Sports News

NBA’s new way of promoting vulgar goons

Remember: After you “whoop that trick,” be sure to tell her you love her. But first help her back to her feet.

How can any intelligent, well-comported sports fan not have reevaluated themself from skeptical to cynical? How will it be possible to return fans and customers to a place they’ve never been?

Last week in this space, I wrote that as a legit representative of the NBA Grizzlies’ fan base, ESPN proudly featured a live chat with Memphis-based rapper Juicy J.

He didn’t seem like a knowledgeable fan, thus it was difficult to not conclude his invite was based on his hate-filled, boast-filled self-love and violent challenges, vulgar lyrics, including the N-word referencing of black men and the unprintably profane sexual degradation of young women. In other words, the usual garbage.

Juicy J was just the latest ESPN-blessed celebration of a rapper who promotes and sustains the most corrosive, criminal stereotypes of urban black America.

Another rapper, who has found favor on ESPN is the aptly named Young Thug, is not much different from Juicy J, as per the genre. Read for yourself. I suggest “Get the F–k Out of My Face” as your first stop.

Last week, ESPN-favored, Atlanta-based Mr. Thug was arrested, again, this time charged with a pile of felonies from possession of a small arsenal of assault weapons, to drug distribution, to committing armed offenses and participating in gang-sponsored street crimes.

Back to Memphis, where the Grizzlies’ public address system and on-court cheerleaders, male and female, now lead a pep chant, “Whoop That Trick!” taken from a rap “song” mouthed by a fellow who delightfully calls himself Al Kapone.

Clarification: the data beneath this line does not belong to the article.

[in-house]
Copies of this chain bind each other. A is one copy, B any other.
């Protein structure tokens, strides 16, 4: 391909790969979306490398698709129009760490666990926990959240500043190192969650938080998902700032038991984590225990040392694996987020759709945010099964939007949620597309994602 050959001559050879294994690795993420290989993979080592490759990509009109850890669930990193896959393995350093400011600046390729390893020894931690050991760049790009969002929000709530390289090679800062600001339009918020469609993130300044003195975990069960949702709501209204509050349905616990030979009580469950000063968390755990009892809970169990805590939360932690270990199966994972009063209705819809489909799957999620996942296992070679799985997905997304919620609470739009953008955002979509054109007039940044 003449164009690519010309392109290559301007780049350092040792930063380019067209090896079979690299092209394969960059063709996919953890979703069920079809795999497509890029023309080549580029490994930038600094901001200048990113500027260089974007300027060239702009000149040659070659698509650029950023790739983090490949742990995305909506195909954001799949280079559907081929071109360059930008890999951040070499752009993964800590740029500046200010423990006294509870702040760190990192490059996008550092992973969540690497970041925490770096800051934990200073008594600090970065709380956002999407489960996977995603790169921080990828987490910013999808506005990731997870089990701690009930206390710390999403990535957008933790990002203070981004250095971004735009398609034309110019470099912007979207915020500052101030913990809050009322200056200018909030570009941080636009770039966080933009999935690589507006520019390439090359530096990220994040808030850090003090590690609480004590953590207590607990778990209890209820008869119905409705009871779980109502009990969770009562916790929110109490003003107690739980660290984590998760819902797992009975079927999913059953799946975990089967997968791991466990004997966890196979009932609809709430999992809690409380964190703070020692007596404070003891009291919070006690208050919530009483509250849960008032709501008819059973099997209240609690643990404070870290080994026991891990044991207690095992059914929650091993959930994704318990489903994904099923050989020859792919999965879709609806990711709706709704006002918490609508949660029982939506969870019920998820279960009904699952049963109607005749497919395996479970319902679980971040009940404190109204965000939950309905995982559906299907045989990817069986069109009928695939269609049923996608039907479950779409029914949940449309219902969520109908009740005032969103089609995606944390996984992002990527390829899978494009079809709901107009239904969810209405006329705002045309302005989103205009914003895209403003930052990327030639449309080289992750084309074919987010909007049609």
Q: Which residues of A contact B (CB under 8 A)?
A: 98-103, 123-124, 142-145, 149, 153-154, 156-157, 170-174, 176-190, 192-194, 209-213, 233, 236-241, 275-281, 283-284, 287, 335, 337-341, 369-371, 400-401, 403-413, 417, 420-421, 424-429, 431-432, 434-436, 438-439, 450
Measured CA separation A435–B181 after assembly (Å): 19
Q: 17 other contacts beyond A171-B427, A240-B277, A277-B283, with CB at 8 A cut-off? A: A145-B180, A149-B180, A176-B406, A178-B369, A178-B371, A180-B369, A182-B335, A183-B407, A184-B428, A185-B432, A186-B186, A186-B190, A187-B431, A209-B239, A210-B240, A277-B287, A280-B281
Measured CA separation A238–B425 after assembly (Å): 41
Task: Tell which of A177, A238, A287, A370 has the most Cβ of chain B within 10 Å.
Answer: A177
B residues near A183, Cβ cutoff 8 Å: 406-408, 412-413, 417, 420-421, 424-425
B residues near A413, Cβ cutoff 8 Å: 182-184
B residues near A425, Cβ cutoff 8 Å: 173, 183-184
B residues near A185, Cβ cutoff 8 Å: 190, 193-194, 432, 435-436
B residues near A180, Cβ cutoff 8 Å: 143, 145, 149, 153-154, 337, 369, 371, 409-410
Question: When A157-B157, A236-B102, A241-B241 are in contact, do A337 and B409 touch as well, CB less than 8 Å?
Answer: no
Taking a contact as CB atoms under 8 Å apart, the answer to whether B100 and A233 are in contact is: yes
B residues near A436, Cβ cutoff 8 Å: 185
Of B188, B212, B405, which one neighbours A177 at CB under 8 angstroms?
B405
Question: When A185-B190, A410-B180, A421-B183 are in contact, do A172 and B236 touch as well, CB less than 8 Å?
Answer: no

“Whoop that trick,” according to the Urban Dictionary, is street slang for: “What you do when your girlfriend gets out of line. Basically giving her a pimp slap when she acts up.” Charming. One’s girlfriend is no better than “a trick” in need of a pimp slap.

NBA
Ja Morant and Draymond Green
NBAE via Getty Images

So another sorrowful, backward stereotype that should be eradicated is celebrated. At a pro basketball game! Why? And why would black America choose to quietly indulge this anywhere? Why do the Al Sharptons continue to ignore it all, including the regular shootings and stabbings of rappers by rivals?

This past week, Warriors stars Steph Curry and Draymond Green, along with home fans Friday, joined in “Whoop That Trick.” They were heard and seen to love it. So where are the NBA’s and the Players Association’s commitments to social and racial activism in pursuit of positive change?

With the NBA last season financially, politically and conspicuously suckered by the sounds-good (dis)organizational Black Lives Matter con, what has commissioner Adam Silver done with this one? Thus far, nothing.

He should be demanding — ordering — its elimination from NBA games, in arenas and on national TV.

And if fools complain, Silver should be proud! Or do Silver, the NBA and the NBPA advocate domestic violence?

And this past week, The Post’s Josh Kosman and Brian Lewis reported that NBA ticket prices were up while attendance is down.

Thursday, another NFL arrest. Broncos wide Jerry Jeudy, 2020 first-round pick from Alabama, was charged with tampering with evidence, under the Colorado legal heading “domestic violence enhancer,” his alleged victim the mother of his infant child — though the mother has requested the charges be dismissed.

All of our sports are being overwhelmed by acts of incivility, be it between players or players versus nearby “fans,” be it at Yankee Stadium or American Airlines Center in Dallas.

It now seems a weekly occurrence that pro tennis players throw a vulgar fit aimed at the crowd or a courtside official. Last week at the Italian Open, it was Canada’s Denis Shapovalov, who is ranked 16th in the world.